"Liberate yourself, you liberate the land. We can always find others to blame, whether it's the British mandate or whatever. But we have to be our own force for reform and for justice." - Daud Mikhail



CircumstancesEarly LifeSchool



Born into the volatile situation of being Palestinian in the early years of Israeli power, Ashrawi was nurtured by her both of her parents into accepting her roots and shaping her role in the conflict. Their marriage was considered to be an unconvential one, but Ashrawi says this never influenced her until she was an adult and considering an unconventional marriage herself.



Her father Daud Mikhail was a doctor who was also involved in politics. He encouraged her to read, write, and embrace language on both artistic and practical levels. His influence on Ashrawi was one of devotion to the Palestinian people; she calls him “of the peasant tradition,” and therefore deeply connected to the fate of Palestine. While living in Jordan, he led the Nationalist Socialist Party and was imprisoned for it. Later, he was involved in recruiting for the PLO. His legacy was a passionate feeling that the Palestinians had to liberate themselves from their troubles instead of looking for someone else to solve their problems.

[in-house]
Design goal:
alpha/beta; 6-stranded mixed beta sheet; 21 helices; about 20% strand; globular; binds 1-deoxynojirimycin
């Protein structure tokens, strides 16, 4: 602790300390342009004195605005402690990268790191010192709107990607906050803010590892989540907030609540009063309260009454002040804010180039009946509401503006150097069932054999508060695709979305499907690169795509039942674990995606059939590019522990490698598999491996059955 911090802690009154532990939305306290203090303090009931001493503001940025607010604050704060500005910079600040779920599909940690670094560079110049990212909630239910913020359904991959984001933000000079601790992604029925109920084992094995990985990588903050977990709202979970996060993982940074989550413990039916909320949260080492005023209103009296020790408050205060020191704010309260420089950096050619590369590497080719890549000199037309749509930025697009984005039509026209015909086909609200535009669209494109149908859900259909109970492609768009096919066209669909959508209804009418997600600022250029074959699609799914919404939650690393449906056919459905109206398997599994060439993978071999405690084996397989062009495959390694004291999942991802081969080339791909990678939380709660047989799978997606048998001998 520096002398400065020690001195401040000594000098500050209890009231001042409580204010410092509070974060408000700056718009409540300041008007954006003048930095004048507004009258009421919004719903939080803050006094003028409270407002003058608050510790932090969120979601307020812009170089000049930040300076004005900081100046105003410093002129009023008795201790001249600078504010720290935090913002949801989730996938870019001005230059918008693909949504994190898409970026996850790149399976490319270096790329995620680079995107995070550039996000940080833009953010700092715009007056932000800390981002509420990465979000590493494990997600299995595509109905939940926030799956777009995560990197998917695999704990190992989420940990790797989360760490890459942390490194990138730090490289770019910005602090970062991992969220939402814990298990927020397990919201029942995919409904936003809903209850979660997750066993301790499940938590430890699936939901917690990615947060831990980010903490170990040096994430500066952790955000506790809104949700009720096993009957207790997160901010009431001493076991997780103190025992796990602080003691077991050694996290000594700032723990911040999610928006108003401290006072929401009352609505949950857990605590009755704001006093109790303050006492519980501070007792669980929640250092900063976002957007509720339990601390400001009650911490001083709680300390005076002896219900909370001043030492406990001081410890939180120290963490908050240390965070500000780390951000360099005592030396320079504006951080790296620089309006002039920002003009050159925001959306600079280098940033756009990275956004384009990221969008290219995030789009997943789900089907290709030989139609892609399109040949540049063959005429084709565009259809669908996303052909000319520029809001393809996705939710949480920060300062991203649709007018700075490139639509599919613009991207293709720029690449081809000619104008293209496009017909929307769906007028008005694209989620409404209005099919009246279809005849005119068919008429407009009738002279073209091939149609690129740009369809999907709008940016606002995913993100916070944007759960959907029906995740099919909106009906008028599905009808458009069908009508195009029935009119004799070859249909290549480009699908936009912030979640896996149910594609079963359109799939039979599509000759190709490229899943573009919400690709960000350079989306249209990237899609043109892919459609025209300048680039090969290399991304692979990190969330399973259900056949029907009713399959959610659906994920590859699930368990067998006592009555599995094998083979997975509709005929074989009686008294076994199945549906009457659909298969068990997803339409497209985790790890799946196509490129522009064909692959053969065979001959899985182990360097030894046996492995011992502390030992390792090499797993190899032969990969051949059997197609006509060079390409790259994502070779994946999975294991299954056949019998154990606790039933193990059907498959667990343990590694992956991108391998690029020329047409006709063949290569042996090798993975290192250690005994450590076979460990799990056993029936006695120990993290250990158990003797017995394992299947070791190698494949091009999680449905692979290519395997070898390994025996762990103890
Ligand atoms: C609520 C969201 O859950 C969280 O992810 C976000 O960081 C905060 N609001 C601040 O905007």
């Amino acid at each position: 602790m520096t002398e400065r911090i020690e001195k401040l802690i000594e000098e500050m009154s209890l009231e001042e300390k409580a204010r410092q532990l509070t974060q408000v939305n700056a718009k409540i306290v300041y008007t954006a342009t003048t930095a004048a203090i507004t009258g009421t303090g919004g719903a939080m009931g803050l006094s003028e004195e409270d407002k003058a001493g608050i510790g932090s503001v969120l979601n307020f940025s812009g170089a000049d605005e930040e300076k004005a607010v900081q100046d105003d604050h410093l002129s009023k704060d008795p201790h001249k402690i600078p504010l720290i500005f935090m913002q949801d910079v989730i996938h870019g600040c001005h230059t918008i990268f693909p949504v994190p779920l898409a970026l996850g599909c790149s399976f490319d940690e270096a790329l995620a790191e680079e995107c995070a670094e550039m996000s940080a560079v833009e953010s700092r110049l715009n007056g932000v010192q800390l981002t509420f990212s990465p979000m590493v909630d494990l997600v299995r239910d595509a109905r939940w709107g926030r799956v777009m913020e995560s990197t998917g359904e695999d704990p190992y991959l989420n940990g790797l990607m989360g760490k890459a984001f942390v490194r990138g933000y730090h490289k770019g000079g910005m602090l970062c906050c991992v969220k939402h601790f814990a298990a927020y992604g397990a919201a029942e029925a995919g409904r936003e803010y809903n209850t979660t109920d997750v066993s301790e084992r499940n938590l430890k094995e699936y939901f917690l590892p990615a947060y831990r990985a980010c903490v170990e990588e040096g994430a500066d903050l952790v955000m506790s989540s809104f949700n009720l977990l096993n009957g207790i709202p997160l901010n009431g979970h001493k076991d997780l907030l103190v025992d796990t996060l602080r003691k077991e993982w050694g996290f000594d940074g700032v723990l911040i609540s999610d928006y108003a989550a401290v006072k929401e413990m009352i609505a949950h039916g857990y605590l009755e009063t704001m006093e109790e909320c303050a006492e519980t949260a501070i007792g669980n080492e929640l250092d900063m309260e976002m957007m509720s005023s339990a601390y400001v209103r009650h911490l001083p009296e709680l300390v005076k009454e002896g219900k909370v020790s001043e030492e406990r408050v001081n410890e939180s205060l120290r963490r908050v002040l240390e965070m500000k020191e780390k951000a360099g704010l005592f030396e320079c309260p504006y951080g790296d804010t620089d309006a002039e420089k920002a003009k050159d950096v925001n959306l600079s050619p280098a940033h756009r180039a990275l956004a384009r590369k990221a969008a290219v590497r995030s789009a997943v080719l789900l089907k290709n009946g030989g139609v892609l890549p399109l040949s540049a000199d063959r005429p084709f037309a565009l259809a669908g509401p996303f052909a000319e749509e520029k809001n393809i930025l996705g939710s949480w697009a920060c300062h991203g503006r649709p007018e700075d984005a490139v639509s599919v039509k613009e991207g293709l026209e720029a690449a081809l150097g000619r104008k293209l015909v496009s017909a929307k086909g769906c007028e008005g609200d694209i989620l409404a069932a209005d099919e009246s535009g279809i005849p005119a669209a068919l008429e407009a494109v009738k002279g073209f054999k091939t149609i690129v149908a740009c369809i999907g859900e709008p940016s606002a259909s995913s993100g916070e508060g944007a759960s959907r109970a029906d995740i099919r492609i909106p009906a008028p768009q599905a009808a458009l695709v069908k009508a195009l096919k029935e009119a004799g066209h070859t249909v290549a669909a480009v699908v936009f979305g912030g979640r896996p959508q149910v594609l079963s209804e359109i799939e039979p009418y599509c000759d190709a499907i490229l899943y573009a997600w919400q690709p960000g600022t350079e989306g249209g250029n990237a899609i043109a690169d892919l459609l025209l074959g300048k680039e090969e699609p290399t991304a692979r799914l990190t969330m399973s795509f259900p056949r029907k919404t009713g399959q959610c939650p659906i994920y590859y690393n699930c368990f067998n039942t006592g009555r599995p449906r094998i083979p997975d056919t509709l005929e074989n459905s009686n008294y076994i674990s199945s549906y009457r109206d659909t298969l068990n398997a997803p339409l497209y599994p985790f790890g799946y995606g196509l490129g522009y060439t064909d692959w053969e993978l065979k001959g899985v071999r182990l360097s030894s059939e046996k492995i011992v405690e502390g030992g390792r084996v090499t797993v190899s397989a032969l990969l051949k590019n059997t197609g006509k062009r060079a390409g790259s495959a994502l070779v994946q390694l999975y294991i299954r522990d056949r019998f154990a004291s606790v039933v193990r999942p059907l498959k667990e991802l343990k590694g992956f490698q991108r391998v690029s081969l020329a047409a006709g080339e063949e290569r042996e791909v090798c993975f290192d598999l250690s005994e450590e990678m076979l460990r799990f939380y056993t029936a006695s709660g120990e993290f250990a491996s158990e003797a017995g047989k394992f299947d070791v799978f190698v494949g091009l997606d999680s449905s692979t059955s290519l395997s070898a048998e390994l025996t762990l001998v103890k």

Wad’ia Ass’ad, Ashrawi’s mother, was a warm, caring woman originally from Lebanon. She was also a devout Episcopalian who felt that Westerners had appropriated Christianity for their own uses. Much more dedicated to religion than was her husband, she was the one who went to church with her daughters. The fact that Hanan Ashrawi is Christian and not Muslim is still a major part of her identity as a Palestinian, a part which she inherited from her mother.